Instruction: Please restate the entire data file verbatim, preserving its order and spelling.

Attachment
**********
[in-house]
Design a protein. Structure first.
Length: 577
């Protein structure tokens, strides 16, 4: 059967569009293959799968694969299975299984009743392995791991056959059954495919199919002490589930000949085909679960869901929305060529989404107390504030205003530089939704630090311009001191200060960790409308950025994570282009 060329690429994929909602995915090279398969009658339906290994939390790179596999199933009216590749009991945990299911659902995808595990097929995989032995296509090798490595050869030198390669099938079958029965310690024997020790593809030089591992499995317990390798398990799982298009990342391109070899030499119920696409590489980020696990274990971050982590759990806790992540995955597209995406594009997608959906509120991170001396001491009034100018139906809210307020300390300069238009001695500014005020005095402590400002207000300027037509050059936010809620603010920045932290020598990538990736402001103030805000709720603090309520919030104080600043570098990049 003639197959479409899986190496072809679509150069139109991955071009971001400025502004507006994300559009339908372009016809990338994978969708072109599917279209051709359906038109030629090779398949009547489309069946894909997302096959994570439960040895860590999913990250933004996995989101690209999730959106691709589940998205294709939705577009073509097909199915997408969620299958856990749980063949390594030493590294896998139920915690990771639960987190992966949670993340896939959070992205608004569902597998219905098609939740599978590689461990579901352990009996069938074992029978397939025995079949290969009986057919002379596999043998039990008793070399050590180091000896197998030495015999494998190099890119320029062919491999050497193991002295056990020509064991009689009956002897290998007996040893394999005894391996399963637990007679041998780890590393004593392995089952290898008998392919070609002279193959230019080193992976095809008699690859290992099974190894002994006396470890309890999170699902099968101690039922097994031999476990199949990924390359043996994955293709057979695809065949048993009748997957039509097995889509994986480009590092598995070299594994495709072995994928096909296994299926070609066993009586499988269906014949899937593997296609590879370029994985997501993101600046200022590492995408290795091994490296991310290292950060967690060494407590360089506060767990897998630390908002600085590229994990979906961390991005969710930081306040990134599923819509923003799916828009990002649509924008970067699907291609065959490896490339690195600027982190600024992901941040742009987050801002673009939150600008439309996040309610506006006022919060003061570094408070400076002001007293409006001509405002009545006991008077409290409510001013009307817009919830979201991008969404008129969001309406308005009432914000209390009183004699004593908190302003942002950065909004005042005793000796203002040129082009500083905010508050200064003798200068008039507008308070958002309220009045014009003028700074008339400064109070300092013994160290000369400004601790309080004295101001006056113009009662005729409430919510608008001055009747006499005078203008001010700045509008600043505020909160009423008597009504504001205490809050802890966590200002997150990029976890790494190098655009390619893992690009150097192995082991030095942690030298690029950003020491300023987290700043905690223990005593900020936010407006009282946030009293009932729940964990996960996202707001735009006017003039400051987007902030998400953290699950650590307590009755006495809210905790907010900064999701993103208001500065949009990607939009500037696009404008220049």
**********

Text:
[in-house]
Design a protein. Structure first.
Length: 577
């Protein structure tokens, strides 16, 4: 059967569009293959799968694969299975299984009743392995791991056959059954495919199919002490589930000949085909679960869901929305060529989404107390504030205003530089939704630090311009001191200060960790409308950025994570282009 060329690429994929909602995915090279398969009658339906290994939390790179596999199933009216590749009991945990299911659902995808595990097929995989032995296509090798490595050869030198390669099938079958029965310690024997020790593809030089591992499995317990390798398990799982298009990342391109070899030499119920696409590489980020696990274990971050982590759990806790992540995955597209995406594009997608959906509120991170001396001491009034100018139906809210307020300390300069238009001695500014005020005095402590400002207000300027037509050059936010809620603010920045932290020598990538990736402001103030805000709720603090309520919030104080600043570098990049 003639197959479409899986190496072809679509150069139109991955071009971001400025502004507006994300559009339908372009016809990338994978969708072109599917279209051709359906038109030629090779398949009547489309069946894909997302096959994570439960040895860590999913990250933004996995989101690209999730959106691709589940998205294709939705577009073509097909199915997408969620299958856990749980063949390594030493590294896998139920915690990771639960987190992966949670993340896939959070992205608004569902597998219905098609939740599978590689461990579901352990009996069938074992029978397939025995079949290969009986057919002379596999043998039990008793070399050590180091000896197998030495015999494998190099890119320029062919491999050497193991002295056990020509064991009689009956002897290998007996040893394999005894391996399963637990007679041998780890590393004593392995089952290898008998392919070609002279193959230019080193992976095809008699690859290992099974190894002994006396470890309890999170699902099968101690039922097994031999476990199949990924390359043996994955293709057979695809065949048993009748997957039509097995889509994986480009590092598995070299594994495709072995994928096909296994299926070609066993009586499988269906014949899937593997296609590879370029994985997501993101600046200022590492995408290795091994490296991310290292950060967690060494407590360089506060767990897998630390908002600085590229994990979906961390991005969710930081306040990134599923819509923003799916828009990002649509924008970067699907291609065959490896490339690195600027982190600024992901941040742009987050801002673009939150600008439309996040309610506006006022919060003061570094408070400076002001007293409006001509405002009545006991008077409290409510001013009307817009919830979201991008969404008129969001309406308005009432914000209390009183004699004593908190302003942002950065909004005042005793000796203002040129082009500083905010508050200064003798200068008039507008308070958002309220009045014009003028700074008339400064109070300092013994160290000369400004601790309080004295101001006056113009009662005729409430919510608008001055009747006499005078203008001010700045509008600043505020909160009423008597009504504001205490809050802890966590200002997150990029976890790494190098655009390619893992690009150097192995082991030095942690030298690029950003020491300023987290700043905690223990005593900020936010407006009282946030009293009932729940964990996960996202707001735009006017003039400051987007902030998400953290699950650590307590009755006495809210905790907010900064999701993103208001500065949009990607939009500037696009404008220049």